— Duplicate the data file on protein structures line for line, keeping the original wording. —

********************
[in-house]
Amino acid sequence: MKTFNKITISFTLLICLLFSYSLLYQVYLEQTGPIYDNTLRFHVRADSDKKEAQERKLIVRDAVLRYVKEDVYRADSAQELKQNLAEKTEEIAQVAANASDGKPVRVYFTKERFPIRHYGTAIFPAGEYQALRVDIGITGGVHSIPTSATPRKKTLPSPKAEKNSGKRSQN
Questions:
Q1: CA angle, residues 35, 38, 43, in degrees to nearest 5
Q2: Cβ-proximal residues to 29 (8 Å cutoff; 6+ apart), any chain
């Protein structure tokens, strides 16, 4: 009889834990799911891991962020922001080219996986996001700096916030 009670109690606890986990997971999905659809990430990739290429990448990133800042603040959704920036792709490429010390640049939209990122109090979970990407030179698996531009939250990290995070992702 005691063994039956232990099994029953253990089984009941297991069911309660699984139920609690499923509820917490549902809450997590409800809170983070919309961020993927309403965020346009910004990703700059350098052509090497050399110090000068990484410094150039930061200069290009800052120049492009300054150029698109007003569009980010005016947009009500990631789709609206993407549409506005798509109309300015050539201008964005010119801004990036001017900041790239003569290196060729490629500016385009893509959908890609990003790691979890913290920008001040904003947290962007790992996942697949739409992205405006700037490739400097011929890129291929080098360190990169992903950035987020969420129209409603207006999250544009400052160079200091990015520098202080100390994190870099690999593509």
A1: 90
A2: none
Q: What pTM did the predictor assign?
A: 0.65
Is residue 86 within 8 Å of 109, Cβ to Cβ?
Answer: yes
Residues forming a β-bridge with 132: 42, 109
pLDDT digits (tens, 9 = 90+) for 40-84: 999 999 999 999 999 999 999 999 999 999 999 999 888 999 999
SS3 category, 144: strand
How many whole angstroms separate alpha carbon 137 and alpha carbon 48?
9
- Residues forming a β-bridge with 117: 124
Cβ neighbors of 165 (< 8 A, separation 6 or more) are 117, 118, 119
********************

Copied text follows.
[in-house]
Amino acid sequence: MKTFNKITISFTLLICLLFSYSLLYQVYLEQTGPIYDNTLRFHVRADSDKKEAQERKLIVRDAVLRYVKEDVYRADSAQELKQNLAEKTEEIAQVAANASDGKPVRVYFTKERFPIRHYGTAIFPAGEYQALRVDIGITGGVHSIPTSATPRKKTLPSPKAEKNSGKRSQN
Questions:
Q1: CA angle, residues 35, 38, 43, in degrees to nearest 5
Q2: Cβ-proximal residues to 29 (8 Å cutoff; 6+ apart), any chain
């Protein structure tokens, strides 16, 4: 009889834990799911891991962020922001080219996986996001700096916030 009670109690606890986990997971999905659809990430990739290429990448990133800042603040959704920036792709490429010390640049939209990122109090979970990407030179698996531009939250990290995070992702 005691063994039956232990099994029953253990089984009941297991069911309660699984139920609690499923509820917490549902809450997590409800809170983070919309961020993927309403965020346009910004990703700059350098052509090497050399110090000068990484410094150039930061200069290009800052120049492009300054150029698109007003569009980010005016947009009500990631789709609206993407549409506005798509109309300015050539201008964005010119801004990036001017900041790239003569290196060729490629500016385009893509959908890609990003790691979890913290920008001040904003947290962007790992996942697949739409992205405006700037490739400097011929890129291929080098360190990169992903950035987020969420129209409603207006999250544009400052160079200091990015520098202080100390994190870099690999593509």
A1: 90
A2: none
Q: What pTM did the predictor assign?
A: 0.65
Is residue 86 within 8 Å of 109, Cβ to Cβ?
Answer: yes
Residues forming a β-bridge with 132: 42, 109
pLDDT digits (tens, 9 = 90+) for 40-84: 999 999 999 999 999 999 999 999 999 999 999 999 888 999 999
SS3 category, 144: strand
How many whole angstroms separate alpha carbon 137 and alpha carbon 48?
9
- Residues forming a β-bridge with 117: 124
Cβ neighbors of 165 (< 8 A, separation 6 or more) are 117, 118, 119